Of course we can care about more than one thing at a time. I don’t know of one serious commentator or criticism of identity politics which has argued otherwise – that identity politics or economic growth, identity politics or national defence, identity politics and healthcare reform are zero-sum games, with only one able to prevail. The problem is not that identity politics crowds out other issues. The problem is that for true believers like Meriwether, identity politics becomes the prism through which every single issue must be considered.

The problem with identity politics is that it empowers a select clerisy (the SJWs and politicians who court them) by encouraging everybody who is not a “white male” to consider themselves peculiarly fragile and vulnerable to physical and mental harm, either from normal everyday encounters or from offensive and unpleasant behaviour which would otherwise be written off in a dignity culture, confronted in an honour culture but which are taken as grounds for public complaint and petitions to higher authorities in our increasingly victimhood culture-oriented society.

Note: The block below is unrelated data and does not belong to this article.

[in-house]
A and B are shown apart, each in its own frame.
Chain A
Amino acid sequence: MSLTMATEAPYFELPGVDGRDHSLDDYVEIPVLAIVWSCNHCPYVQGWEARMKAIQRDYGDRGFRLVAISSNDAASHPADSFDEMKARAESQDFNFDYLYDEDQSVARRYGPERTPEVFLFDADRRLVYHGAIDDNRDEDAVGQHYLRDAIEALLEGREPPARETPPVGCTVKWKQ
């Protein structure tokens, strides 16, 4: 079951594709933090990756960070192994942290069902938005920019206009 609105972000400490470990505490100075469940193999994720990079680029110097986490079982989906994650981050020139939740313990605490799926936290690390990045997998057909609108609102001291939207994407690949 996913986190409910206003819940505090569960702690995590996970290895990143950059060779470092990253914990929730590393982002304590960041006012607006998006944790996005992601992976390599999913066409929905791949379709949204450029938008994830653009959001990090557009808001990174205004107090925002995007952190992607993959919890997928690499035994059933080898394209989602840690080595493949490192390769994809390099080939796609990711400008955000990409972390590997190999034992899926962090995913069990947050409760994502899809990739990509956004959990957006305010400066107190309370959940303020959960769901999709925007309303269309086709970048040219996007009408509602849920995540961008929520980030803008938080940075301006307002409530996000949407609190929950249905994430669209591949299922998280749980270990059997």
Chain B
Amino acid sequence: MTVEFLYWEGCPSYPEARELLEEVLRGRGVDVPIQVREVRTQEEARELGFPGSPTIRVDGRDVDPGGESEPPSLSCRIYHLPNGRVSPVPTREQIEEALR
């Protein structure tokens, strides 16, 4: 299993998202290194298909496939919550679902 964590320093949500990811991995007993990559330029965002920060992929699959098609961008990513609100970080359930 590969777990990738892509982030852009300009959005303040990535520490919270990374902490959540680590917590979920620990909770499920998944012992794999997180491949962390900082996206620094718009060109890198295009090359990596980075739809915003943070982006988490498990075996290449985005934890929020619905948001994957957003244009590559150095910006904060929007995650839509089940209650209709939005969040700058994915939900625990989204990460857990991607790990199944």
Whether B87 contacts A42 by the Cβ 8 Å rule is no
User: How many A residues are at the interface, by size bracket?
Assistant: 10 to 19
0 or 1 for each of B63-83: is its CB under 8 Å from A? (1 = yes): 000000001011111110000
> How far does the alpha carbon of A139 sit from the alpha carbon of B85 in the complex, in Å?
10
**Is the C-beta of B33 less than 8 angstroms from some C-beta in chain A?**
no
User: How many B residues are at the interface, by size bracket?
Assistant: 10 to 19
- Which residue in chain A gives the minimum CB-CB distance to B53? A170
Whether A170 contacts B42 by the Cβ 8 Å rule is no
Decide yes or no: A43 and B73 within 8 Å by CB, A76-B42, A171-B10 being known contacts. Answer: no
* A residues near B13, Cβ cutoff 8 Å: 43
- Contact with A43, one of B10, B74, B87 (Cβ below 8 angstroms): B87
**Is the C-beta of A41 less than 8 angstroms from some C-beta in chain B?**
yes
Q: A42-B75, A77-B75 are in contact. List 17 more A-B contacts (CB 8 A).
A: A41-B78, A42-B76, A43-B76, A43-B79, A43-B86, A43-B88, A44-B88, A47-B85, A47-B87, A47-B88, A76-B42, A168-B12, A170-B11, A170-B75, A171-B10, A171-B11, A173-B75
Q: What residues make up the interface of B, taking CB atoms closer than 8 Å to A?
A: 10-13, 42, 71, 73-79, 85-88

The problem with identity politics is that it infantilises fully grown adults and teaches them that they are without agency or responsibility for their own lives and decisions – that anything bad which happens to them is the result of oppression (by the afore-mentioned bogeymen, “white males”) which can only be lifted by enacting a suite of leftist policies and laws which restrict what people can say and how they behave, often in ways which run completely counter to the spirit of the US Constitution. And the feedback loop of self interest ensures that

As regular reader of this blog, AndrewZ, put it in a recent comment on another blog post:

If people from a designated victim group are able to overcome difficulties and succeed by their own efforts then they can’t be as “oppressed” and “marginalised” as the theory demands. Therefore they must be indoctrinated into a mentality of helpless victimhood in order to protect the theory from inconvenient realities.